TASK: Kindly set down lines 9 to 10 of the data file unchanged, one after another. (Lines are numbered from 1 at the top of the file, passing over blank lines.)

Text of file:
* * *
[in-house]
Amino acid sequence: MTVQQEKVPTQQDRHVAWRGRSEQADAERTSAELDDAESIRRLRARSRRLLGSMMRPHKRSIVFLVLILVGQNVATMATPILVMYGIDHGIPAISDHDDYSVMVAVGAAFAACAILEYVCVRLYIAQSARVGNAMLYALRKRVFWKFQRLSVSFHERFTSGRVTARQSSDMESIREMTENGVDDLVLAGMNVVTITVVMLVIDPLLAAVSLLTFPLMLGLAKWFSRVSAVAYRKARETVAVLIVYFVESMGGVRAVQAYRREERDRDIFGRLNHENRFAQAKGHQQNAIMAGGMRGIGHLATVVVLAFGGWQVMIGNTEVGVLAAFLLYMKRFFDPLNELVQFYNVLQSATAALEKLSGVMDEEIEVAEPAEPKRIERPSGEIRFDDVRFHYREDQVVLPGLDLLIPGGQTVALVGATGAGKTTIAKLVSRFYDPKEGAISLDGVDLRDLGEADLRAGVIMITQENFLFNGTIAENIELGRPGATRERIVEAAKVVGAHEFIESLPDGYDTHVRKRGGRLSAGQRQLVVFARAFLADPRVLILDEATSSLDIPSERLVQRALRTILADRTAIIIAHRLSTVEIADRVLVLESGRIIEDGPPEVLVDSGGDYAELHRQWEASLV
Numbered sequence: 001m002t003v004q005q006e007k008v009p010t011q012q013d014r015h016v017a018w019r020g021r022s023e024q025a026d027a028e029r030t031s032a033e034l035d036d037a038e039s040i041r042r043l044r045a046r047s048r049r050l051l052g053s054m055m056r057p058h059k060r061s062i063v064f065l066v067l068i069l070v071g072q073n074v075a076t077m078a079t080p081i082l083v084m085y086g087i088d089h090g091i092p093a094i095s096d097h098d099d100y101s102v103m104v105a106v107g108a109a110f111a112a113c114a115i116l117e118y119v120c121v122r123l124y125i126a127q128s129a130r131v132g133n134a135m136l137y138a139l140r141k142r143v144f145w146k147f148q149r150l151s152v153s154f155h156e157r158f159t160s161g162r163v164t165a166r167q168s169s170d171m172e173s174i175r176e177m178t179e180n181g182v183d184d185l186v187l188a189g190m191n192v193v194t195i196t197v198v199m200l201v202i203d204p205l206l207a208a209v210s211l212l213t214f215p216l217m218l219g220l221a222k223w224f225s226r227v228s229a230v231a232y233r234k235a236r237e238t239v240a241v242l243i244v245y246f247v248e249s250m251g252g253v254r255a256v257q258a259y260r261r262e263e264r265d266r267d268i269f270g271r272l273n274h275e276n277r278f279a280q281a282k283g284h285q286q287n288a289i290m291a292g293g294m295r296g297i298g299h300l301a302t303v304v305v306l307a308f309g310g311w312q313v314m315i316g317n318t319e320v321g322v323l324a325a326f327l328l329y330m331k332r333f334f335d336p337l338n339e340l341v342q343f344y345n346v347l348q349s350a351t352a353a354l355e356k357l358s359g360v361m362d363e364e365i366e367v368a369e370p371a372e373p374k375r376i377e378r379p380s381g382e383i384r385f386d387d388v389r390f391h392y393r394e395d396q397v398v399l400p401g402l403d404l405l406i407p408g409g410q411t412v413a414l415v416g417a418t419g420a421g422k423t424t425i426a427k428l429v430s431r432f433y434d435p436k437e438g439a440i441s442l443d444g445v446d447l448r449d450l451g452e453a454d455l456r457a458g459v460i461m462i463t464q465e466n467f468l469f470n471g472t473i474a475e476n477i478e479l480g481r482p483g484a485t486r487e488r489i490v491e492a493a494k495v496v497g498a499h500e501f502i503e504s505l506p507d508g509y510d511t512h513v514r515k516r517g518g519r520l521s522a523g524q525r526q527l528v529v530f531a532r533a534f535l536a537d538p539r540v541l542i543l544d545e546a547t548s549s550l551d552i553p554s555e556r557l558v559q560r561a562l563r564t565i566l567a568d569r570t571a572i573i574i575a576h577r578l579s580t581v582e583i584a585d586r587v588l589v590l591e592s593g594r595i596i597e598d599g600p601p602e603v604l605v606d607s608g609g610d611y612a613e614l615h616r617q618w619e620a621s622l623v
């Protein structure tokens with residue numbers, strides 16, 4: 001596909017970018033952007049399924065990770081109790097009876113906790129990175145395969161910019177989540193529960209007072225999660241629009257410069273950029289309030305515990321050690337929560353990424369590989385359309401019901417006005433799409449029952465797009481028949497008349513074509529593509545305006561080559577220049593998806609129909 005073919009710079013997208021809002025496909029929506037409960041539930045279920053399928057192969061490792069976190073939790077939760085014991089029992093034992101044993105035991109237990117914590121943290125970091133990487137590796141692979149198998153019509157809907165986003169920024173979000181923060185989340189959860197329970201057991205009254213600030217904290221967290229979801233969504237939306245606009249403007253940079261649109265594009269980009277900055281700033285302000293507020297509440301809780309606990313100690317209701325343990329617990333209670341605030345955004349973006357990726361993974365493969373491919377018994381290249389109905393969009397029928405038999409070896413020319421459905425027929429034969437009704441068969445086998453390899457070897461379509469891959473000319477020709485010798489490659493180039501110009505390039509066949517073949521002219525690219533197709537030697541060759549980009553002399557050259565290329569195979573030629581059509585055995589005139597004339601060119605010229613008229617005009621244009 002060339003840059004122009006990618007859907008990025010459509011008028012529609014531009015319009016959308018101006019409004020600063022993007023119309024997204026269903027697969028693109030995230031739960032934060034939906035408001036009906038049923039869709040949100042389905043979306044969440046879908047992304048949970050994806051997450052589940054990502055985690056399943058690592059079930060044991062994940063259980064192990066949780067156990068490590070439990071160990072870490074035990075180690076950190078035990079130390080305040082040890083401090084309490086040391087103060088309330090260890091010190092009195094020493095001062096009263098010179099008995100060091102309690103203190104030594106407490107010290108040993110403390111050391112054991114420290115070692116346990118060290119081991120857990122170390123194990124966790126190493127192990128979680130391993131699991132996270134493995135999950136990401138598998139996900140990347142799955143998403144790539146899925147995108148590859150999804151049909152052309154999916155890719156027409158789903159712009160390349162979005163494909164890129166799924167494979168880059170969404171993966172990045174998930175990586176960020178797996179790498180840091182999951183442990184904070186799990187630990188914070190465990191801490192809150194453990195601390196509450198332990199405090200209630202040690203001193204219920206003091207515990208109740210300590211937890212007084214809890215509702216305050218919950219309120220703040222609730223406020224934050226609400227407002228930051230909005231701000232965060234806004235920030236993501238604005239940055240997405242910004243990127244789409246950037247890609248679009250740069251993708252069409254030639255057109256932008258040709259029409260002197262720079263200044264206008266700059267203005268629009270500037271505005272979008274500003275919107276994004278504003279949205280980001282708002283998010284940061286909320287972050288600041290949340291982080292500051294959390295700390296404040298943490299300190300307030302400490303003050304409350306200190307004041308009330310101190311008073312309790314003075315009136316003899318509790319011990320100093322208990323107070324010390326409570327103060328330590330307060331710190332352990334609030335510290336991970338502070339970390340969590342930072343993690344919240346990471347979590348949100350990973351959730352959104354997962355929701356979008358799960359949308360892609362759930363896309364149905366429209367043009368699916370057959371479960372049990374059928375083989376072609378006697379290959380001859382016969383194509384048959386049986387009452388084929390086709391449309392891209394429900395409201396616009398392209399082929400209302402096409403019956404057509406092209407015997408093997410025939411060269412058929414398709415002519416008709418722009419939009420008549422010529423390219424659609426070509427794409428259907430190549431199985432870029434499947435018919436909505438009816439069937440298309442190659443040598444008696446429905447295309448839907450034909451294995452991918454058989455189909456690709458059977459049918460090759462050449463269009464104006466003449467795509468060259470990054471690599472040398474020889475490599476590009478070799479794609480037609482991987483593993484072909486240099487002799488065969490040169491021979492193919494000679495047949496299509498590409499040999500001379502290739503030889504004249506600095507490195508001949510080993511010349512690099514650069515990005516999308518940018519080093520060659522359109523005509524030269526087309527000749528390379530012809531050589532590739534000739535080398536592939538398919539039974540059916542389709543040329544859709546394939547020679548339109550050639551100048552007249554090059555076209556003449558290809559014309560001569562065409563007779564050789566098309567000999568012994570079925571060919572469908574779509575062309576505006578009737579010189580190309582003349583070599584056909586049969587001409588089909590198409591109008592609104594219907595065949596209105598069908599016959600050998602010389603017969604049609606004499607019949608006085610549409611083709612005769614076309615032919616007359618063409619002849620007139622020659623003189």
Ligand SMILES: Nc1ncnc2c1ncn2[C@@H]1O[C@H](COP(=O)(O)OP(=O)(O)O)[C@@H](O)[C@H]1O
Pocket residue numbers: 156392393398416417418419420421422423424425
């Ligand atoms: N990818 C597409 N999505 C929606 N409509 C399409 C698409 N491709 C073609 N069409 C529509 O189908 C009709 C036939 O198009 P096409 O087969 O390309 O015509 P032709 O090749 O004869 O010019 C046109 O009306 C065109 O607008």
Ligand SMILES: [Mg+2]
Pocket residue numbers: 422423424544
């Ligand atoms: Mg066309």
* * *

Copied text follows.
Pocket residue numbers: 422423424544
């Ligand atoms: Mg066309």